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Home REIT rebuffs short seller

Home REIT has responded to short seller allegations last week that saw its share price fall more than 20%.

The company said it was “completely confident in the integrity of the business it is operating, its financial soundness and the beneficial impact the Company is having in reducing homelessness in the UK”.

Allegation 1

In a report published last Wednesday, Viceroy alleged that the company’s tenants “do not appear to be paying rent”, “substantial quantities of Home REIT’s rent will never be collected,” and therefore “[this] is likely…to [result in] substantial downwards revaluations of its investment properties”.

In response Home REIT said its rent was ultimately supported by central government funding and Local Authorities’ statutory duty to house homeless people. There are no overdue arrears in relation to amounts billed to 31 August 2022, supporting the independent valuations of the company’s portfolio carried out by Knight Frank.

Tenant

Area

Focus

Beds

Exposure (by rent)

Invoiced rent

Cash received

Rent free

Arrears

Average Tenant rent (pw)

Lotus Sanctuary

Midlands

2

939

12.2%

£3.7m

£3.7m

Nil

Nil

£136

Supportive Homes CIC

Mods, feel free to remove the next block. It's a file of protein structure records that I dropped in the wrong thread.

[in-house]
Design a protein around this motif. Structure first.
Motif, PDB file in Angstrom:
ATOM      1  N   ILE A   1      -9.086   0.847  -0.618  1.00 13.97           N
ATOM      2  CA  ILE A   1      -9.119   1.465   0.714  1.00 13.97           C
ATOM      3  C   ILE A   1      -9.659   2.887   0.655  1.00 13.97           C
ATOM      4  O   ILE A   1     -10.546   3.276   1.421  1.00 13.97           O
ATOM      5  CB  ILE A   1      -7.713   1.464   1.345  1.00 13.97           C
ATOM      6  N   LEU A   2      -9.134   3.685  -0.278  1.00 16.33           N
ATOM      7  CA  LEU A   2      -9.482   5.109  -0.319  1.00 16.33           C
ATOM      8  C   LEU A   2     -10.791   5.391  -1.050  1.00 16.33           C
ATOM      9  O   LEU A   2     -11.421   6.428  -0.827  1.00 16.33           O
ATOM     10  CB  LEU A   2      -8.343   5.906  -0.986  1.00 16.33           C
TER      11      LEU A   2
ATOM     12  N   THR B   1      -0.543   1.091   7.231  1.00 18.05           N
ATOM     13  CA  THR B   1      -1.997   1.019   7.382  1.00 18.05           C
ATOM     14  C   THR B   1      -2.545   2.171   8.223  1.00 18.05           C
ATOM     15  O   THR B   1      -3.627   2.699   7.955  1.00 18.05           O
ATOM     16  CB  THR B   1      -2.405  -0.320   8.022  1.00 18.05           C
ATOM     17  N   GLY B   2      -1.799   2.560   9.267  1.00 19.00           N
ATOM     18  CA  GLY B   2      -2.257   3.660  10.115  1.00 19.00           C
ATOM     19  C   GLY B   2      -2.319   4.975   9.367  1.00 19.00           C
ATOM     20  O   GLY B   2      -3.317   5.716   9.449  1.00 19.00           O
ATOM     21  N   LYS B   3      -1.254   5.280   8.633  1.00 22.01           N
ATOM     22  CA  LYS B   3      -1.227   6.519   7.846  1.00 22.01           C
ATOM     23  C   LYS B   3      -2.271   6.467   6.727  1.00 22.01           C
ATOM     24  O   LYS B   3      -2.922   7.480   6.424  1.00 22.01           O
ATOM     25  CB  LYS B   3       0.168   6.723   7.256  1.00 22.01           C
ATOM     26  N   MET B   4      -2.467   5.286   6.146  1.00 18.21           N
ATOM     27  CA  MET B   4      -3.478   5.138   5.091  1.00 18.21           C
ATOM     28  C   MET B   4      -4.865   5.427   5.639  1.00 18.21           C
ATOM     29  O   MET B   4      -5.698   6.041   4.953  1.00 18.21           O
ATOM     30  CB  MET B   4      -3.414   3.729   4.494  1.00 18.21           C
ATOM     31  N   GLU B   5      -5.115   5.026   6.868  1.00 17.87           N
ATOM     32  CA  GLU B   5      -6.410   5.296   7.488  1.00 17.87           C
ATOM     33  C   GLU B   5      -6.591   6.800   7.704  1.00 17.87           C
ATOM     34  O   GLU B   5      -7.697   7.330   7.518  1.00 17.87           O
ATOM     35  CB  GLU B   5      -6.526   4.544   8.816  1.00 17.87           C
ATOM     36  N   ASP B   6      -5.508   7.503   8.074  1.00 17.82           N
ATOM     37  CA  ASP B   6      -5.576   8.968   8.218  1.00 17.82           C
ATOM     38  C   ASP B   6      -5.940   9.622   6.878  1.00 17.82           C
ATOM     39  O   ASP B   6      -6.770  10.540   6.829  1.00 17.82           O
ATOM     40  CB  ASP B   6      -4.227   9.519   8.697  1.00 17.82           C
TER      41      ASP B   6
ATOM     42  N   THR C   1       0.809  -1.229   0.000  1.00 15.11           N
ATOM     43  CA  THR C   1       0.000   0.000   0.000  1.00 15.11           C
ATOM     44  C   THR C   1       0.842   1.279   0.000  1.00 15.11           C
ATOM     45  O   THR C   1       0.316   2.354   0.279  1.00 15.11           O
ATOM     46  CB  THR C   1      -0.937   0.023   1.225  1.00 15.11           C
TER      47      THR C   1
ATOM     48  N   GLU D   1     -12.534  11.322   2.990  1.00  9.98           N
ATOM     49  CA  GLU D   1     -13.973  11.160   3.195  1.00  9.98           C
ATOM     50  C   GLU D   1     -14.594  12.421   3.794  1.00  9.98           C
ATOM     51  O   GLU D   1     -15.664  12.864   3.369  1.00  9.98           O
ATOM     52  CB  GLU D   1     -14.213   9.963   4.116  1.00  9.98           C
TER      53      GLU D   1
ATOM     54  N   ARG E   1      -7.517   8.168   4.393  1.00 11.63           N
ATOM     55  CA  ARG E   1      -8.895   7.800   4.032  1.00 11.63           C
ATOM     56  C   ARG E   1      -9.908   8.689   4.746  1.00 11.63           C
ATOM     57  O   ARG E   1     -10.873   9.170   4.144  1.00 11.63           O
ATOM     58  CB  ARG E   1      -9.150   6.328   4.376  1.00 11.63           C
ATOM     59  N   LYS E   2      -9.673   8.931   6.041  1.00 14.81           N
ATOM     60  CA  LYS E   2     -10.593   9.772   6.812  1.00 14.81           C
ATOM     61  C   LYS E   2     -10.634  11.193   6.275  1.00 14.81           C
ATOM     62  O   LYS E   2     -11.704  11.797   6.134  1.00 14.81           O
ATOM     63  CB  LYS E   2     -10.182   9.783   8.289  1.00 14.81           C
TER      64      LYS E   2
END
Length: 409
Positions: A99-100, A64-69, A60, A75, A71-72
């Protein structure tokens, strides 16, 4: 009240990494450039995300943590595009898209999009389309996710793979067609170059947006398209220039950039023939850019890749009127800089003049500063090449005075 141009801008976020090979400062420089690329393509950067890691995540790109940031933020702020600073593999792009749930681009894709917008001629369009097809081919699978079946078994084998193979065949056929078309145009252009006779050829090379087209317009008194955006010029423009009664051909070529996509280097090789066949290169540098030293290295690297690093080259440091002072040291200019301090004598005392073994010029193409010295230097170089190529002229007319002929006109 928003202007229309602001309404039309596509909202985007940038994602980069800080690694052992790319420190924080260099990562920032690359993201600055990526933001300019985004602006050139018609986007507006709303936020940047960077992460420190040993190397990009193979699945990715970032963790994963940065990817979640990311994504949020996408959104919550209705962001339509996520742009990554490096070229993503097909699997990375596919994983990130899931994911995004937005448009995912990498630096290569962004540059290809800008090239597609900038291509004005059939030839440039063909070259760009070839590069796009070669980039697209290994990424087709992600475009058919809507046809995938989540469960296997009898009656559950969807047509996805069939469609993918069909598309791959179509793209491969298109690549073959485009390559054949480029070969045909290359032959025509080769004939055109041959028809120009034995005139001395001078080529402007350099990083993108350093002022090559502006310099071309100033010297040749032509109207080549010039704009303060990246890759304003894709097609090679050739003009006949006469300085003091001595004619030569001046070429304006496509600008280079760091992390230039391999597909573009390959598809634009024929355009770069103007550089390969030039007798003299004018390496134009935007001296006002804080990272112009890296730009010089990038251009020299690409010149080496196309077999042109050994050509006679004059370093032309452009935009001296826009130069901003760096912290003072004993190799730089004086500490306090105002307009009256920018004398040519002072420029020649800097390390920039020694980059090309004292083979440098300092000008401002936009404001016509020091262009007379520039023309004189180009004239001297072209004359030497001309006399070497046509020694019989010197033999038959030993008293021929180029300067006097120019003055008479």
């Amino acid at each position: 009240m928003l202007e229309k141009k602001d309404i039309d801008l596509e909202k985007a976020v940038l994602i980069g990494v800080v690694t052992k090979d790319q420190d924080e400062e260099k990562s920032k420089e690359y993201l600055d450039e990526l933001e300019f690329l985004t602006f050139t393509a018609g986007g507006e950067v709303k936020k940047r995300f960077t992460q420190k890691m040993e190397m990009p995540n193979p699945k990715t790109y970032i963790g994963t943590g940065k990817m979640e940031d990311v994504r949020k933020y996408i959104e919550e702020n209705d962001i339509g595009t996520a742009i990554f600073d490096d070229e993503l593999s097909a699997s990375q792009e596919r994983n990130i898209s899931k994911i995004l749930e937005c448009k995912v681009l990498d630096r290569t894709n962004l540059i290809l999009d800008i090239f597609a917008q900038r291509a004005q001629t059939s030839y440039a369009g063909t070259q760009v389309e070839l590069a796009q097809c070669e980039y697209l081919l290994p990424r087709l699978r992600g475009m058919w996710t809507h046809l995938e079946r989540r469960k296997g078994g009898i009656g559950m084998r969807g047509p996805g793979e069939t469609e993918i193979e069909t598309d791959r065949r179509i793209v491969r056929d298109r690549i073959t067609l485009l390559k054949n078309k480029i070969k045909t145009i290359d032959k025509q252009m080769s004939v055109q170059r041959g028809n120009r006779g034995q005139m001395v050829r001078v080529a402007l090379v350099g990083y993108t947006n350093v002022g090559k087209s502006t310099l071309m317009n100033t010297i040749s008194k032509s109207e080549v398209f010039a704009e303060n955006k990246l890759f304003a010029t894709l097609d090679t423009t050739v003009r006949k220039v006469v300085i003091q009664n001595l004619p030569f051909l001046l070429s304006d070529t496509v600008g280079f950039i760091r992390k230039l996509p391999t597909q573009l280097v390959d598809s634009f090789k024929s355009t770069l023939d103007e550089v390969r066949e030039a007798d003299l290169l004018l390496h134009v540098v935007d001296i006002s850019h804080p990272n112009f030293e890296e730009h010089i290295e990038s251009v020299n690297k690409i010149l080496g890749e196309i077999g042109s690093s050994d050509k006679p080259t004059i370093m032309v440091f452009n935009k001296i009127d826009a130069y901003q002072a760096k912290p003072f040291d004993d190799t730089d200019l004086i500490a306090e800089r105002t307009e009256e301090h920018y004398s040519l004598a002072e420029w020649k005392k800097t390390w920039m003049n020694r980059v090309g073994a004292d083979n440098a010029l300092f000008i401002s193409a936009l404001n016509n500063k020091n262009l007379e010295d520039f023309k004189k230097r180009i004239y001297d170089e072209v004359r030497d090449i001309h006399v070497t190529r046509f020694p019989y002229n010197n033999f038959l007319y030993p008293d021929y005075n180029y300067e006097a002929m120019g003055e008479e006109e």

NW

1

1,020

10.4%

£3.0m

£3.0m

Nil

Nil

£106

Redemption Project CIC

Midlands

1+2

890

9.1%

£2.7m

£2.7m

Nil

Nil

£106

Big Help Project

NW

1+3

1,253

9.1%

£3.9m

£3.9m

Nil

Nil

£75

One CIC

NW

1+3+4

808

8.3%1

£3.0m

£3.0m

Nil

Nil

£106

Gen Liv UK CIC

NW

1+2

571

6.3%

£3.0m

£3.0m

Nil

Nil

£114

Bloom Social Housing CIC

SW

1

637

5.3%

£2.0m

£2.0m

Nil

Nil

£86

CG Community Council

SE

1+3

386

5.0%

£2.4m

£2.4m

Nil

Nil

£134

Dovecot & Princess Drive Community Association

NW

1+3+5

396

4.5%

£2.0m

£2.0m

Nil

Nil

£117

Noble Tree

London

1

527

4.5%

£1.6m

£1.6m

Nil

Nil

£88

LTG Vision CIC

NW

1

646

4.0%

£1.1m

£1.1m

Nil

Nil

£65

Dawson Housing Limited

SW

1

397

3.4%

 

£1.8m

£1.8m

Nil

Nil

£88

Circle Housing and Support CIC

EE

1

451

2.6%

£1.4m

£1.4m

Nil

Nil

£61

Ashwood Housing Solutions CIC

EE

1

415

2.6%

£0.4m

£0.4m

Nil

Nil

£65

Complete Homes NW CIC

NW

1+2

214

2.2%

£0.3m

£0.3m

Nil

Nil

£105

Eden Safe Homes CIC

WM

1+2

280

2.2%

£0.5m

£0.5m

Nil

Nil

£80

Mansit Housing CIC

London

1

234

1.4%

£0.5m

£0.5m

Nil

Nil

£80

Serenity Support CIC

London

1+2

96

1.2%

£0.7m

£0.7m

Nil

Nil

£133

Lifeline (NW) CIC

NW

1+3

131

1.2%

£0.4m

£0.4m

Nil

Nil

£95

N-Trust Homes CIC

NW

1

113

1.1%

£0.6m

£0.3m

£0.3m

Nil

£97

Marigold Housing

EM

1

72

0.7%

£0.2m

£0.2m

Nil

Nil

£96

Midland Living CIC

WM

1

55

0.6%

£0.3m

£0.3m

Nil

Nil

£119

ICDE Homes CIC

WM

1

85

0.6%

£0.3m

£0.1m

£0.2m

Nil

£71

Select Social Housing CIC

NW

1

73

0.5%

£0.3m

£0.2m

£0.1m

Nil

£71

Elemel CIC

SW

1

33

0.4%

£0.1m

£0.1m

Nil

Nil

£125

Care and Community Foundation CIC

NW

1

36

0.3%

£0.2m

£0.2m

Nil

Nil

£95

New Beginnings CIC

NW

1

44

0.3%

£0.1m

£0.1m

Nil

Nil

£70

Ready 4 Home CIC

NW

3

15

0.1%

£0.1m

£0.1m

Nil

Nil

£80

Total

 

 

10,817

100%

£36.6m

£36.0m

£0.6m

Nil

Allegaton 2